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This key instrument was carried to a town in New Hampshire when it was settled 100 years ago as part of the necessary articles to have for use in a new country . The donor received it from the descendents of the owner.
F. H. Veo was a dental graduate of the Class of 1897. This specimen is almost certainly the student piece he created as part of the requirements for graduation and then deposited in the Dental Museum.
The turnkey (for extracting teeth) and the elevator (for extracting roots) were essential early dental instruments. These were used by Dr. George Brewster of Portsmouth, New Hampshire. In "The Claims of Dentistry," an address at the 1872…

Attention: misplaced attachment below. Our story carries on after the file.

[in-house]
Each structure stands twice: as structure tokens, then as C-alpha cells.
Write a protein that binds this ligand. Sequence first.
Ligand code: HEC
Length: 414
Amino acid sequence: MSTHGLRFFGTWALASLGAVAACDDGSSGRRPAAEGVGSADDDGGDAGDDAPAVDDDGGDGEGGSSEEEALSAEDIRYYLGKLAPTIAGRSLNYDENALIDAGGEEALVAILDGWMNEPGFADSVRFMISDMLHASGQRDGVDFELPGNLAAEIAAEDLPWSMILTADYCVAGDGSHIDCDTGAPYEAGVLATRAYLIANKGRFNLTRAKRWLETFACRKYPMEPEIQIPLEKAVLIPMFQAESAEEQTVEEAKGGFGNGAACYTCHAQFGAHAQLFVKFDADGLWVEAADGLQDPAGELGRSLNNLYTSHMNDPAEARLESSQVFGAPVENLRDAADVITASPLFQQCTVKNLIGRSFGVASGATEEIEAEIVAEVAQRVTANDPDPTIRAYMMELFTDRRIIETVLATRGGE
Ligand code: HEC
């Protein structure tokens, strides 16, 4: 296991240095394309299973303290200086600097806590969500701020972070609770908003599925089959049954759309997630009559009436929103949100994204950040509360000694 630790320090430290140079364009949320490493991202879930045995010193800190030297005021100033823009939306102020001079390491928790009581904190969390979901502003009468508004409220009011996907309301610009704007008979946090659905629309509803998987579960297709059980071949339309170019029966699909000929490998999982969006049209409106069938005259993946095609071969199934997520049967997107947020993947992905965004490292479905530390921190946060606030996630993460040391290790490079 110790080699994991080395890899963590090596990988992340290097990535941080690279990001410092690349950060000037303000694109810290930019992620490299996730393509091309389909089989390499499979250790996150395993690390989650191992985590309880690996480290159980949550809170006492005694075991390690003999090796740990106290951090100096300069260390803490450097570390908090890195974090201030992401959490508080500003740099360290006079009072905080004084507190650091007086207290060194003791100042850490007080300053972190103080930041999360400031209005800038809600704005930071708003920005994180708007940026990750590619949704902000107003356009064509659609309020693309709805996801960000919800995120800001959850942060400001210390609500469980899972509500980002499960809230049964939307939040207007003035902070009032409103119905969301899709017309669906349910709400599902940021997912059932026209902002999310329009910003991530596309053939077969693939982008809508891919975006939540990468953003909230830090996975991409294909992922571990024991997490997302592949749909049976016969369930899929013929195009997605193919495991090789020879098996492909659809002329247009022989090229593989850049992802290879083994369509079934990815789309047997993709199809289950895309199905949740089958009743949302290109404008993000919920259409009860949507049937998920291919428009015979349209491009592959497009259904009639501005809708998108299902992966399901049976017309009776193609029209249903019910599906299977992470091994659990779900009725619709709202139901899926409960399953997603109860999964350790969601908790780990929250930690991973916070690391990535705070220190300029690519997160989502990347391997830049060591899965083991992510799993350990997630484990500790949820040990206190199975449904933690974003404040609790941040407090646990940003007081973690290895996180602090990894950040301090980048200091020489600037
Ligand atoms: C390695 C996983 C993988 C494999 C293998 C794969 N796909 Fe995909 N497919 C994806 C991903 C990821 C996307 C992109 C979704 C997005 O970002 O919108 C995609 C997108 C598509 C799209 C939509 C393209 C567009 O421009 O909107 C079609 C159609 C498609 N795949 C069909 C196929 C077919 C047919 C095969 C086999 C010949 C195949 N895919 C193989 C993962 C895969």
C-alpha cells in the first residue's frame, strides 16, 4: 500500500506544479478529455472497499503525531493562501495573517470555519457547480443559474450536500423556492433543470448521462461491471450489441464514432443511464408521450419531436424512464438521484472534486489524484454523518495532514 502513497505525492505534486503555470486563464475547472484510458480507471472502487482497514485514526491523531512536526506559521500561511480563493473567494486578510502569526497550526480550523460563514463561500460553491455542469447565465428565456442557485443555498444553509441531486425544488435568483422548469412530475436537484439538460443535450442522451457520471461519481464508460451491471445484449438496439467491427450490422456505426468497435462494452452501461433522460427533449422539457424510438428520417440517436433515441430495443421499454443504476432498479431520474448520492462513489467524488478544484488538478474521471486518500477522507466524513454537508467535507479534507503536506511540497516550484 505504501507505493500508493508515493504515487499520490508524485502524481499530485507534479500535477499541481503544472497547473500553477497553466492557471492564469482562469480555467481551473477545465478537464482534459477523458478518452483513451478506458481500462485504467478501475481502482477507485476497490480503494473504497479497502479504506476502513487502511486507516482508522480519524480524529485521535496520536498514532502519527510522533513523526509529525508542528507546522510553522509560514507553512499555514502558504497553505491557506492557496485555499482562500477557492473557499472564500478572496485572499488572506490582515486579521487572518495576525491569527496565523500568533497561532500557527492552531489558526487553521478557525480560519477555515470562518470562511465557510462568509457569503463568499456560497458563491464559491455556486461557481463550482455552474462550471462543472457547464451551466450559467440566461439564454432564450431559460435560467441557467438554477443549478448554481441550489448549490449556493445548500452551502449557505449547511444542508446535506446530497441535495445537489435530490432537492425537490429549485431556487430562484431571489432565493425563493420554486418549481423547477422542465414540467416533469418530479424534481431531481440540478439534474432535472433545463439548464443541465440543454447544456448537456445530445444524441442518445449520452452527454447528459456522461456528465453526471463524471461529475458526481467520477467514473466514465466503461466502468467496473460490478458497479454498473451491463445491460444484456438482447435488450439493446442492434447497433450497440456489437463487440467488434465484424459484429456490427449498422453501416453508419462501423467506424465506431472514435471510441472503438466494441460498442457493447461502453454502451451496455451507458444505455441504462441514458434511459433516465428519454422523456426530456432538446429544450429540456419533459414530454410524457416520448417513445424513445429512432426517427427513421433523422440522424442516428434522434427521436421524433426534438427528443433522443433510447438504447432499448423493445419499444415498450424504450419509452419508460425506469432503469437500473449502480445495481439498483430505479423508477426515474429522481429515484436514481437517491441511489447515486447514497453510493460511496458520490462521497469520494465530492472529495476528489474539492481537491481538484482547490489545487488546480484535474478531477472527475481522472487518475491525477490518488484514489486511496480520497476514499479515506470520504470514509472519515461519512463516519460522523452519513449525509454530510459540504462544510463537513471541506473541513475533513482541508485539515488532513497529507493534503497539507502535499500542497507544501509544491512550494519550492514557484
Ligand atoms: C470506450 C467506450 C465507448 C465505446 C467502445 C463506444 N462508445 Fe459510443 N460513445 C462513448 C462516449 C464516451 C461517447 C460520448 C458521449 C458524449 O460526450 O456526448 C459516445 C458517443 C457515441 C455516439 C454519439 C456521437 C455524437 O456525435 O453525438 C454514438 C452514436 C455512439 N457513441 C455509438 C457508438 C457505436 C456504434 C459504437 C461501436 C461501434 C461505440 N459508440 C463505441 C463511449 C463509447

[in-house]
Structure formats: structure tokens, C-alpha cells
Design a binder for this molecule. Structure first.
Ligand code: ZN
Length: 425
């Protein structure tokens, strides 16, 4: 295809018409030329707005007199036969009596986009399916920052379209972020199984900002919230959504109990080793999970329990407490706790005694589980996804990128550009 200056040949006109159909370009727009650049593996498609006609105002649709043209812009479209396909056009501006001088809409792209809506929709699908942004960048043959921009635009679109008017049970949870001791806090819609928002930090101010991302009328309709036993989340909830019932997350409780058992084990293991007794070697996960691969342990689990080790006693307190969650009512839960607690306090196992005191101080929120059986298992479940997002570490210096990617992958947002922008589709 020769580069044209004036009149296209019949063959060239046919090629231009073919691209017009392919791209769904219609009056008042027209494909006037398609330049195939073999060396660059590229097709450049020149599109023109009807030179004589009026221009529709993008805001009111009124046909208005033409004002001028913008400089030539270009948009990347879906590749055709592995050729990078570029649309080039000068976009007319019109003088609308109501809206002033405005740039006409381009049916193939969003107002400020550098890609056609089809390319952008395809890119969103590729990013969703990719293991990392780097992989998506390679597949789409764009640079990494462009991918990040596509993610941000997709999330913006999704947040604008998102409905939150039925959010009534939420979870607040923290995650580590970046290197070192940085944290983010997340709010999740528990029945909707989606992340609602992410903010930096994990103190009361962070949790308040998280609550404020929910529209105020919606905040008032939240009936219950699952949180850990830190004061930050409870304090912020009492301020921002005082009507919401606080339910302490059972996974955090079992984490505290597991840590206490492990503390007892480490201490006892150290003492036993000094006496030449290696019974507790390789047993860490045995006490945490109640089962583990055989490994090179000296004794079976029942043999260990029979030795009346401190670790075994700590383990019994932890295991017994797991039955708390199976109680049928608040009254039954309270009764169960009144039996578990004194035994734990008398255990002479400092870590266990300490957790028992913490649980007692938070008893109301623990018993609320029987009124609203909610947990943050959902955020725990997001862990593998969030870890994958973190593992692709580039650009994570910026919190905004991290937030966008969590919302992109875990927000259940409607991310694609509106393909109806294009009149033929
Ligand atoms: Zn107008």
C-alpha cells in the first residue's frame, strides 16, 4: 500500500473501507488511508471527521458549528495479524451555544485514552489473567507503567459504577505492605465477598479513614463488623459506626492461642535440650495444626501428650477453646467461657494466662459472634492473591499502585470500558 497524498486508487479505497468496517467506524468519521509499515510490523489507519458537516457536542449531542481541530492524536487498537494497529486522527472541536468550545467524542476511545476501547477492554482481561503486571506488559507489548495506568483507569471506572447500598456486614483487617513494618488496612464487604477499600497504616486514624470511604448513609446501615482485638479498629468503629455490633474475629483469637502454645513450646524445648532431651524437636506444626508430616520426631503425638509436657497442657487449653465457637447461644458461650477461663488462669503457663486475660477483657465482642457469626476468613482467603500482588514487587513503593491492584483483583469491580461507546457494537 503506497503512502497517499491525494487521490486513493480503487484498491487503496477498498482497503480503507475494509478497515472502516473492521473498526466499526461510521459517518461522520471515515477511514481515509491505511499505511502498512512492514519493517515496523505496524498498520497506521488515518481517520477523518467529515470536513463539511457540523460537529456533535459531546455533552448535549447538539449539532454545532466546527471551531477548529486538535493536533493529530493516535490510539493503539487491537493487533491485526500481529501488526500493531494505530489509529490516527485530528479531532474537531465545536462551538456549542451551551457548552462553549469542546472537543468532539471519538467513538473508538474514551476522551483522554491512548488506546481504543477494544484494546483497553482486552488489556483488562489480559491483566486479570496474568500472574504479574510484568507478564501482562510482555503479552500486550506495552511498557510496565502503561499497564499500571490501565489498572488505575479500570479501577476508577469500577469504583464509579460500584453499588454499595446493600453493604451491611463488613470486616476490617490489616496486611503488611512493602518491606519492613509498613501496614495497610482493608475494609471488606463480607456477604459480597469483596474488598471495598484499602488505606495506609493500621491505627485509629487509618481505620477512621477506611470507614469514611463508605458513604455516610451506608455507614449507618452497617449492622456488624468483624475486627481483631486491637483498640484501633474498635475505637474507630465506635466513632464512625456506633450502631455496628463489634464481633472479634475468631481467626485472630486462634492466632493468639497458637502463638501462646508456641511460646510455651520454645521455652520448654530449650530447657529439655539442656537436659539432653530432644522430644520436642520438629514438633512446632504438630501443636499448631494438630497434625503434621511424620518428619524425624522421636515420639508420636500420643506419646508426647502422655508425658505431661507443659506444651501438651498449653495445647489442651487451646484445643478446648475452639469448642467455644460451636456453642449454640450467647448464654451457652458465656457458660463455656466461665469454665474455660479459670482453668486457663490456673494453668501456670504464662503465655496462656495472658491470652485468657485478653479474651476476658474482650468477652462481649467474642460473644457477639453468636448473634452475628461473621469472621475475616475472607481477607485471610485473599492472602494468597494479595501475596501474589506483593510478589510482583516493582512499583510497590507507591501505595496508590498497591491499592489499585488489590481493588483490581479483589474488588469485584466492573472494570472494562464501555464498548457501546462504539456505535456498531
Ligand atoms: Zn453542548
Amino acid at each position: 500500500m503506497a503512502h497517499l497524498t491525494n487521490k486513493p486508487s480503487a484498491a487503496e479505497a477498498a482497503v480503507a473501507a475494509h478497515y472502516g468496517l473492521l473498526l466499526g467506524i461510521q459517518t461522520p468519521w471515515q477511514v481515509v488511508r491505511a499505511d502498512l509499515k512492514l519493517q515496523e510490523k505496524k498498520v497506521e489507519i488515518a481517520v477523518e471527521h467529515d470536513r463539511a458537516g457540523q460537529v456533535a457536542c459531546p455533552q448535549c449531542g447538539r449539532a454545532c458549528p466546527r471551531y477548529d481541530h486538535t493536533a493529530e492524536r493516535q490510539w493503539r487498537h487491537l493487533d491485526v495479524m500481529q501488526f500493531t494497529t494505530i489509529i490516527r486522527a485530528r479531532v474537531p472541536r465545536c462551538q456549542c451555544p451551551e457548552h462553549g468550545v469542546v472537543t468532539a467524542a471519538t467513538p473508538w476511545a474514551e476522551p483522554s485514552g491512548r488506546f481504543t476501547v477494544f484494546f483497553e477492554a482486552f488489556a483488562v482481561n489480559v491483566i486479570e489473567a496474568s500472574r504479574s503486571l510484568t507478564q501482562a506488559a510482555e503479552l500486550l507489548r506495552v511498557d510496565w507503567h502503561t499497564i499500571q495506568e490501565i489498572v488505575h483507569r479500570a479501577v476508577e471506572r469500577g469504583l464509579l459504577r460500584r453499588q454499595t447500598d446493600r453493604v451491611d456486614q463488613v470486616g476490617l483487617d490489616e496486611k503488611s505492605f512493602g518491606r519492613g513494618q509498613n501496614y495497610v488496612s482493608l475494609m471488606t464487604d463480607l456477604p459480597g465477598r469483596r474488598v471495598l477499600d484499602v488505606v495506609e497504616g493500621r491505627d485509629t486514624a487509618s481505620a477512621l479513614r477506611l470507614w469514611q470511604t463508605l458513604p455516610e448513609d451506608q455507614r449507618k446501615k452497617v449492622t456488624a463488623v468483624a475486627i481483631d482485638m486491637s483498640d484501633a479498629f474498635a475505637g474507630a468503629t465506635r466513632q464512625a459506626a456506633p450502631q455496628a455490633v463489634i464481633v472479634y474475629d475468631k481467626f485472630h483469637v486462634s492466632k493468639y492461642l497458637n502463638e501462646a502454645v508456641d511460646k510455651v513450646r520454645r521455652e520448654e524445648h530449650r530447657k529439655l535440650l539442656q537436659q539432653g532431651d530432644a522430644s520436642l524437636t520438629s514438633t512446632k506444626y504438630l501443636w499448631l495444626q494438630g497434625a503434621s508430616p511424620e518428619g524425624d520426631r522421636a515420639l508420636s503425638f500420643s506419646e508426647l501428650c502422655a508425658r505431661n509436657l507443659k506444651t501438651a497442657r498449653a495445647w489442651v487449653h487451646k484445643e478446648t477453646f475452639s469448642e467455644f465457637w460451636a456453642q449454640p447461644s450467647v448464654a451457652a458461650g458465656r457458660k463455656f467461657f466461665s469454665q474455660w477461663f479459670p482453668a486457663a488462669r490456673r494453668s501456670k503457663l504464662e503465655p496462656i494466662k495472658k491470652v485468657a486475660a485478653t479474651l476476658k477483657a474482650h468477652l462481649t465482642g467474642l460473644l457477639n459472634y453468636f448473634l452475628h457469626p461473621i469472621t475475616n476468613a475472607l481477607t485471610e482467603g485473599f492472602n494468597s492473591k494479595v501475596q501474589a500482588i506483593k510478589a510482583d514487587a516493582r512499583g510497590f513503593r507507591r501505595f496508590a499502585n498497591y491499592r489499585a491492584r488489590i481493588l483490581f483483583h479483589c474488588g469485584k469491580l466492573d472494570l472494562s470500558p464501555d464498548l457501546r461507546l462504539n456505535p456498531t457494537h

Dr. Thomas Fillebrown (1836-1908) was a graduate of the first class of the Dental School in 1869 and later held the professorship of operative Dentistry and oral surgery. He donated many specimens and instruments to the Dental Museum.
These ivory-handled instruments (an excavator, scaler, chisel, and three mirrors) were used by Boston dentist Daniel Harwood (1801-1881). Soon after the formation of the Harvard Dental School in 1867, Harwood was appointed to the professorship of…
In addition to its human specimens, the Dental Museum had a rich collection of skulls, jaws, and teeth from animals and fish to illustrate principles of comparative odontology.
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